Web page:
Dallas Cowboys running back Ezekiel Elliott is showing signs of more mature behavior, which is huge for both him individually and for the team.
Even entering just his second year in the league, Dak Prescott is the firm leader of the Dallas Cowboys offense. Yes, he’s aided by a phenomenal offensive line and tremendous skill-position players. However, he’s the guy that the offense feeds off and follows. What’s interesting, however, is how little you hear about running back Ezekiel Elliott in that regard.
Obviously playing quarterback works in Prescott’s favor in this instance. With that being said, though, you’d think that the offense would look a little more toward Elliott, who led the league in rushing as a rookie, than they do for leadership. A big reason why that may not be the case, however, is his maturity.
No one can question the running back on the field. The worst thing he’s done there to this point is jump in a Salvation Army kettle. If that’s the most “reprehensible” thing that he does, everything’s just fine. Off the field, unfortunately, has been a different set of issues.
Between the domestic violence claims (though their validity has been questioned severely and legal charges dismissed) coming into the league and the infamous St. Patrick’s Day instance with him pulling a woman’s top down, Elliott has found himself in hot water off the field quite a bit for only entering Year 2. Luckily for him and the Cowboys, though, that might be a thing of the past.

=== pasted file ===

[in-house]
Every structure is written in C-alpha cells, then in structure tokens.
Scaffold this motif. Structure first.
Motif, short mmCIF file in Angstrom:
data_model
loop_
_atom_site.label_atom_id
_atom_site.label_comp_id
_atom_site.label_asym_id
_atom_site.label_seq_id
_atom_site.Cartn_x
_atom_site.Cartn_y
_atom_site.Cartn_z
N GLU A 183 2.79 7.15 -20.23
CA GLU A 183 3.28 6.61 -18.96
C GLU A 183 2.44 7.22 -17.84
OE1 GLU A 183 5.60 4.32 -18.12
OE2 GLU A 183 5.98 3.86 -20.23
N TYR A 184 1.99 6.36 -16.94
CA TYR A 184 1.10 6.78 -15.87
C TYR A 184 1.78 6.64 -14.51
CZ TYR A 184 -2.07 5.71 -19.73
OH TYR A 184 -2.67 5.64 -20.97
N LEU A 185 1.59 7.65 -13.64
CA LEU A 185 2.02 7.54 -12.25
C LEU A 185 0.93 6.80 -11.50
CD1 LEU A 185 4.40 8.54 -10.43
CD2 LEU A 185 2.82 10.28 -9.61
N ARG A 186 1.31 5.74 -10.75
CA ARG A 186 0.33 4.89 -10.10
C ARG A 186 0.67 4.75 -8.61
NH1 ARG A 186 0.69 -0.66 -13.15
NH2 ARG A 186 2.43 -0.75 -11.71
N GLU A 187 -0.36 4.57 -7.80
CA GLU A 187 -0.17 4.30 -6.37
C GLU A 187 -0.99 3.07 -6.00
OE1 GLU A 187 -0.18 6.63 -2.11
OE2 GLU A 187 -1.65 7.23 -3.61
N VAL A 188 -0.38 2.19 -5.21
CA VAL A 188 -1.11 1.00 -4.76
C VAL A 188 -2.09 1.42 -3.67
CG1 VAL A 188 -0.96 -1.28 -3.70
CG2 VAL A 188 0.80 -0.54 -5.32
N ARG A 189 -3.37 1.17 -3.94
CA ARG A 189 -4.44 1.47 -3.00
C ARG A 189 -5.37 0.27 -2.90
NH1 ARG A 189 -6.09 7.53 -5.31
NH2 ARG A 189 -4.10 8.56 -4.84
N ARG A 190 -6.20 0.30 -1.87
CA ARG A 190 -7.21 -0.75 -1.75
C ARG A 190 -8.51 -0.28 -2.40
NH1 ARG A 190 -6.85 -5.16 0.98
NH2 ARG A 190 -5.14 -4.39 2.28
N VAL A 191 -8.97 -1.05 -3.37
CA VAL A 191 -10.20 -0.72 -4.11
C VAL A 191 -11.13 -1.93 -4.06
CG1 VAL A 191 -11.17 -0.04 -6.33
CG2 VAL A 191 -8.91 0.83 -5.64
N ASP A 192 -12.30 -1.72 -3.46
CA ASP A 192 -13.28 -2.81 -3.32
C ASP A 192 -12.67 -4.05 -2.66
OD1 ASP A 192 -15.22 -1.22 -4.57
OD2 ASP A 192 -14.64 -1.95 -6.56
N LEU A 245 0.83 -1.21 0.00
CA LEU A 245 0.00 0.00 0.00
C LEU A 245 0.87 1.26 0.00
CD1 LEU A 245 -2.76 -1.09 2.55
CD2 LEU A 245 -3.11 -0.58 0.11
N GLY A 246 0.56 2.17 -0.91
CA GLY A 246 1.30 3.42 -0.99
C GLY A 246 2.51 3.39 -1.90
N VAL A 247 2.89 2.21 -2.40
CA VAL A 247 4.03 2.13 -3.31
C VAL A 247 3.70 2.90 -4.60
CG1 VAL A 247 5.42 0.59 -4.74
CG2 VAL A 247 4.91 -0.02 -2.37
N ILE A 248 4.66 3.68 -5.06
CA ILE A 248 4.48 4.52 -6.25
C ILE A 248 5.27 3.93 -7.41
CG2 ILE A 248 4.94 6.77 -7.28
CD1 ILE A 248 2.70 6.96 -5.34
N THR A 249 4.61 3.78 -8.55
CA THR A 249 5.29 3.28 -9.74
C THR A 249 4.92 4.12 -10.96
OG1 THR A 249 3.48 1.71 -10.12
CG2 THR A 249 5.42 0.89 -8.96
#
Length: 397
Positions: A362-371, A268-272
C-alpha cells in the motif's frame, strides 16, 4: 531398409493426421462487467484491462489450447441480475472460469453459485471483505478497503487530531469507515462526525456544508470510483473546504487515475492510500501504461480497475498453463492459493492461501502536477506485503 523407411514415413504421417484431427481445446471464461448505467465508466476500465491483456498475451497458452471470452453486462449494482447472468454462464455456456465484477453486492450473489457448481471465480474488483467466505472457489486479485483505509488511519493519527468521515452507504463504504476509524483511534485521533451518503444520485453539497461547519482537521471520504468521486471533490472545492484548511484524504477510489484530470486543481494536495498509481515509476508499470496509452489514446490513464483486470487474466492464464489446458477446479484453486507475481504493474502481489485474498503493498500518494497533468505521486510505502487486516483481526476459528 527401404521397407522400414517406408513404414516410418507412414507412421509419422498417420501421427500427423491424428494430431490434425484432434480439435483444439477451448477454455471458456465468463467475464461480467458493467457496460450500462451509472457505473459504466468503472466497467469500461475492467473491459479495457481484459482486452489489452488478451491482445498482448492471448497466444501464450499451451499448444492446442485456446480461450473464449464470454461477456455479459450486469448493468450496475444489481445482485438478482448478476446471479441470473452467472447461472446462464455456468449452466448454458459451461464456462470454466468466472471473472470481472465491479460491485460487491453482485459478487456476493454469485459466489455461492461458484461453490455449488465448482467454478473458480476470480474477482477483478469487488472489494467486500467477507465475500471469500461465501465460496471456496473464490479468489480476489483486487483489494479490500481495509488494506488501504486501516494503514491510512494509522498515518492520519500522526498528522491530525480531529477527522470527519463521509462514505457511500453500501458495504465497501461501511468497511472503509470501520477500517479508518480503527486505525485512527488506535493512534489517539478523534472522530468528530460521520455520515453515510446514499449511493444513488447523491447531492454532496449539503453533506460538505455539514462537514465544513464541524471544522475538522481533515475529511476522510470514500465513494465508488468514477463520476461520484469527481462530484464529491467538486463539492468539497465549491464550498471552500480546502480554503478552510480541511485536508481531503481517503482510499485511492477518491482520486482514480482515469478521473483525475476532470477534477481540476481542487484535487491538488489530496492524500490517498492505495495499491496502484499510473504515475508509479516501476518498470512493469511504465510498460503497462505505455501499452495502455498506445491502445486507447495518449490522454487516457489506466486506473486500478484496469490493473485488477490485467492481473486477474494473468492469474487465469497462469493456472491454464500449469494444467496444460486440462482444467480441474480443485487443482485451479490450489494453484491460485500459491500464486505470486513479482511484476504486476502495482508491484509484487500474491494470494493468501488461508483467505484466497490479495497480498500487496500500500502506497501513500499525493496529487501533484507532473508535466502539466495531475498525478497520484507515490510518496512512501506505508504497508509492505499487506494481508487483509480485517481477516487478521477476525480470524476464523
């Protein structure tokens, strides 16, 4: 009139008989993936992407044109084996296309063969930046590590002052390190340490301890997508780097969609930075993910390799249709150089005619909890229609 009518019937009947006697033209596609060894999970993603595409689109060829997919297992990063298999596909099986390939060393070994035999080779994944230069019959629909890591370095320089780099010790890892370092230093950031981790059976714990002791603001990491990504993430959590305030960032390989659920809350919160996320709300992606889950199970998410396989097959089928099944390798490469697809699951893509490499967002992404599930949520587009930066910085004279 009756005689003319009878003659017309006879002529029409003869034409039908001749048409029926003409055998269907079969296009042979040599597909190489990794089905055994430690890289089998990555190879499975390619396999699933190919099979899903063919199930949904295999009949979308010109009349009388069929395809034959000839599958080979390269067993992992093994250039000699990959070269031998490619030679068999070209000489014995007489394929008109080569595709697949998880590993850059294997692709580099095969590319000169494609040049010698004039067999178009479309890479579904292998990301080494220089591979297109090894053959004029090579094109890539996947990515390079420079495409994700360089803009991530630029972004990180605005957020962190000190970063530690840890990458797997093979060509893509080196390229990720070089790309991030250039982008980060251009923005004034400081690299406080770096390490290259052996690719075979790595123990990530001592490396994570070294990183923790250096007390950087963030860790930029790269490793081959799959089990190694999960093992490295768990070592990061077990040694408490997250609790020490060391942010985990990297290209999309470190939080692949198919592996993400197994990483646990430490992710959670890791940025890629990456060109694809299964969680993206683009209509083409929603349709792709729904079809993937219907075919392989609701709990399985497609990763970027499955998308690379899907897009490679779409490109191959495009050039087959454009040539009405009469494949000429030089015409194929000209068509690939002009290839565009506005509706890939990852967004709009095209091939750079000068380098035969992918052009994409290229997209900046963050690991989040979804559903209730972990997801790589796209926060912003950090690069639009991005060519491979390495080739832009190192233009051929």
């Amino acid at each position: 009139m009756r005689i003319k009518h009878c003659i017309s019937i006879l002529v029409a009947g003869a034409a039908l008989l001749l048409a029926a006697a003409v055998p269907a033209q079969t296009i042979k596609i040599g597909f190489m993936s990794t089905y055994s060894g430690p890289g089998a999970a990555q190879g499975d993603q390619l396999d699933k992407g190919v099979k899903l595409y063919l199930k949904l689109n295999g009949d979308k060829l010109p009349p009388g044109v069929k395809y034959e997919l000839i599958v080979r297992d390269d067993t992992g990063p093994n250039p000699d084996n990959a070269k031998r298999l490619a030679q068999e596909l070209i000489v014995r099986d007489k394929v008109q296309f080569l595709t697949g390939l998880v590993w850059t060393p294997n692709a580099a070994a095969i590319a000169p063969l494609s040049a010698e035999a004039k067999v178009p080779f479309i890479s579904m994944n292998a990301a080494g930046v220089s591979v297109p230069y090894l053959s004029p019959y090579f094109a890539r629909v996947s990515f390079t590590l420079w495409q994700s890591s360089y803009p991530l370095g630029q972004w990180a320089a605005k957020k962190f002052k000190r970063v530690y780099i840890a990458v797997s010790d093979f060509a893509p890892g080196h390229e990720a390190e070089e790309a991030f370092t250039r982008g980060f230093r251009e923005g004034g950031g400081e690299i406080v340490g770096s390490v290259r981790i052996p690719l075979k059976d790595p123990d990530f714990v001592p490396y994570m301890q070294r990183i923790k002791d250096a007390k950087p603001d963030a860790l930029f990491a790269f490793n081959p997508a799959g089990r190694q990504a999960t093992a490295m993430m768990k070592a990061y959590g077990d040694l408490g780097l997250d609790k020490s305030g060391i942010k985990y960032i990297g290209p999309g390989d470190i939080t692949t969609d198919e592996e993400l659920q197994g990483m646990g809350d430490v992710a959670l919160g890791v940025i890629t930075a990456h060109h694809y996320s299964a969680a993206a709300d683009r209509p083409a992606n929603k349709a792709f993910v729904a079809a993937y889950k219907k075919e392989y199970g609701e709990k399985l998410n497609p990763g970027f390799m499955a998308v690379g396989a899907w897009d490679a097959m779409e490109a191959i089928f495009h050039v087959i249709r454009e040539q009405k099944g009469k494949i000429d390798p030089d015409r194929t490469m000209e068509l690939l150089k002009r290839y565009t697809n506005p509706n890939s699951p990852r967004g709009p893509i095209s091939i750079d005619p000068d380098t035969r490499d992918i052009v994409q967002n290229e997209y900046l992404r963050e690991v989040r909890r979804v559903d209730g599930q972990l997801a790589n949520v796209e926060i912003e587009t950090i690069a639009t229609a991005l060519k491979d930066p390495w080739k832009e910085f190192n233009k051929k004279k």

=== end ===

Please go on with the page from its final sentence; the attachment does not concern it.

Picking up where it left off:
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Why? Because it appears as if he’s maturing and learning from his mistakes and transgressions.
According to a report from Clarence Hill Jr. of the Star-Telegram, Elliott has made strides in this regard. Elliott noted that he was staying at home more often, more or less staying out of places where trouble can find him. He finished off this part of talking with the media by saying:
“I think it’s just life,” said Elliott, who was wearing a Stetson hat when he met with the media Wednesday. “You learn from your mistakes, and if you don’t, it can be brutal. So it’s just part of life. You’ve got to learn from your mistake.”
Obviously there are a number of a cliches in what Elliott is saying here. But with him backing it up with his actions — staying at home — the cliches are quite pertinent. Yes, Elliott’s actions on St. Patrick’s Day and whatever happened beforehand can’t be glossed over. However, the most important part was that he matured and learned. From these comments, it appears that he’s doing just that, staying out of the limelight for his off-field behavior.
That alone is a relief and a comfort to the Cowboys moving forward. However, it could also have its on-fireld benefits as well. With an increased level of maturity comes an increased level of trust. Both teammates and coaches will further respect Elliott as a leader if he can continue to make strides in terms of his maturity. And the result will be the future of the offense being looked to as leaders.
In that scenario, it’s hard to see how the Dallas Cowboys wouldn’t be heading towards sustained success.
Source: Fox Sports